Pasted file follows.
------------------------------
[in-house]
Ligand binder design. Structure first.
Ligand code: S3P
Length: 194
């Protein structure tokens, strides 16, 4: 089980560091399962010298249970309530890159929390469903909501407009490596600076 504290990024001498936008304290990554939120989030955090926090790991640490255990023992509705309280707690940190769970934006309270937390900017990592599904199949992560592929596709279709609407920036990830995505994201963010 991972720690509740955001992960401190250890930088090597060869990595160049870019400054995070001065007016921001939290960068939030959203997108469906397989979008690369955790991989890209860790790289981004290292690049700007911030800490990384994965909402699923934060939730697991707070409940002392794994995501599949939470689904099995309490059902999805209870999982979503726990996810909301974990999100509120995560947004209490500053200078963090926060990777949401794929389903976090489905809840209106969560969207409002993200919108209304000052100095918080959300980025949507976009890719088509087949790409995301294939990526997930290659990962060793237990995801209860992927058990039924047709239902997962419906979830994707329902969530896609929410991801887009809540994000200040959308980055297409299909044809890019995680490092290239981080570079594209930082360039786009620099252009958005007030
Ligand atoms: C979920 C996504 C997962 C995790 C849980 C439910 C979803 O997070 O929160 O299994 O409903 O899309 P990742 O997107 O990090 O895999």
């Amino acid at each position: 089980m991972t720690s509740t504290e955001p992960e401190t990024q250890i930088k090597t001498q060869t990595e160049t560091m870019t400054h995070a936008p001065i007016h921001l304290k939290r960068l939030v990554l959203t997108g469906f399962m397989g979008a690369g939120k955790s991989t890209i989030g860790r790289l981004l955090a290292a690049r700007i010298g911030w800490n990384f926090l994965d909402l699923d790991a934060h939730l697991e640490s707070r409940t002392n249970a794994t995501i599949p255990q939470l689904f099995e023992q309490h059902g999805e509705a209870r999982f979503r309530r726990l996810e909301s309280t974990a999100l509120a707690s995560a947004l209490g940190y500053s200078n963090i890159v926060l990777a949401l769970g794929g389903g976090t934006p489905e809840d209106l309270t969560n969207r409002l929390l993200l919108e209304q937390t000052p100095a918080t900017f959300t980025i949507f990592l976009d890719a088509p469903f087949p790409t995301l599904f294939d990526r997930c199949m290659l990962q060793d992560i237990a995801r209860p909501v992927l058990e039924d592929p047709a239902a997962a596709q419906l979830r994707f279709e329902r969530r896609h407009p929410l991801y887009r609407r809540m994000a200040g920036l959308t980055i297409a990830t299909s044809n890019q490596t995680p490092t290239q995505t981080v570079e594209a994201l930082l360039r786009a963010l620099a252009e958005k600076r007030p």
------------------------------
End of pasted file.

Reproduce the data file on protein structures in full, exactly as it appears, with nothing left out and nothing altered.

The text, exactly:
[in-house]
Ligand binder design. Structure first.
Ligand code: S3P
Length: 194
């Protein structure tokens, strides 16, 4: 089980560091399962010298249970309530890159929390469903909501407009490596600076 504290990024001498936008304290990554939120989030955090926090790991640490255990023992509705309280707690940190769970934006309270937390900017990592599904199949992560592929596709279709609407920036990830995505994201963010 991972720690509740955001992960401190250890930088090597060869990595160049870019400054995070001065007016921001939290960068939030959203997108469906397989979008690369955790991989890209860790790289981004290292690049700007911030800490990384994965909402699923934060939730697991707070409940002392794994995501599949939470689904099995309490059902999805209870999982979503726990996810909301974990999100509120995560947004209490500053200078963090926060990777949401794929389903976090489905809840209106969560969207409002993200919108209304000052100095918080959300980025949507976009890719088509087949790409995301294939990526997930290659990962060793237990995801209860992927058990039924047709239902997962419906979830994707329902969530896609929410991801887009809540994000200040959308980055297409299909044809890019995680490092290239981080570079594209930082360039786009620099252009958005007030
Ligand atoms: C979920 C996504 C997962 C995790 C849980 C439910 C979803 O997070 O929160 O299994 O409903 O899309 P990742 O997107 O990090 O895999």
């Amino acid at each position: 089980m991972t720690s509740t504290e955001p992960e401190t990024q250890i930088k090597t001498q060869t990595e160049t560091m870019t400054h995070a936008p001065i007016h921001l304290k939290r960068l939030v990554l959203t997108g469906f399962m397989g979008a690369g939120k955790s991989t890209i989030g860790r790289l981004l955090a290292a690049r700007i010298g911030w800490n990384f926090l994965d909402l699923d790991a934060h939730l697991e640490s707070r409940t002392n249970a794994t995501i599949p255990q939470l689904f099995e023992q309490h059902g999805e509705a209870r999982f979503r309530r726990l996810e909301s309280t974990a999100l509120a707690s995560a947004l209490g940190y500053s200078n963090i890159v926060l990777a949401l769970g794929g389903g976090t934006p489905e809840d209106l309270t969560n969207r409002l929390l993200l919108e209304q937390t000052p100095a918080t900017f959300t980025i949507f990592l976009d890719a088509p469903f087949p790409t995301l599904f294939d990526r997930c199949m290659l990962q060793d992560i237990a995801r209860p909501v992927l058990e039924d592929p047709a239902a997962a596709q419906l979830r994707f279709e329902r969530r896609h407009p929410l991801y887009r609407r809540m994000a200040g920036l959308t980055i297409a990830t299909s044809n890019q490596t995680p490092t290239q995505t981080v570079e594209a994201l930082l360039r786009a963010l620099a252009e958005k600076r007030p």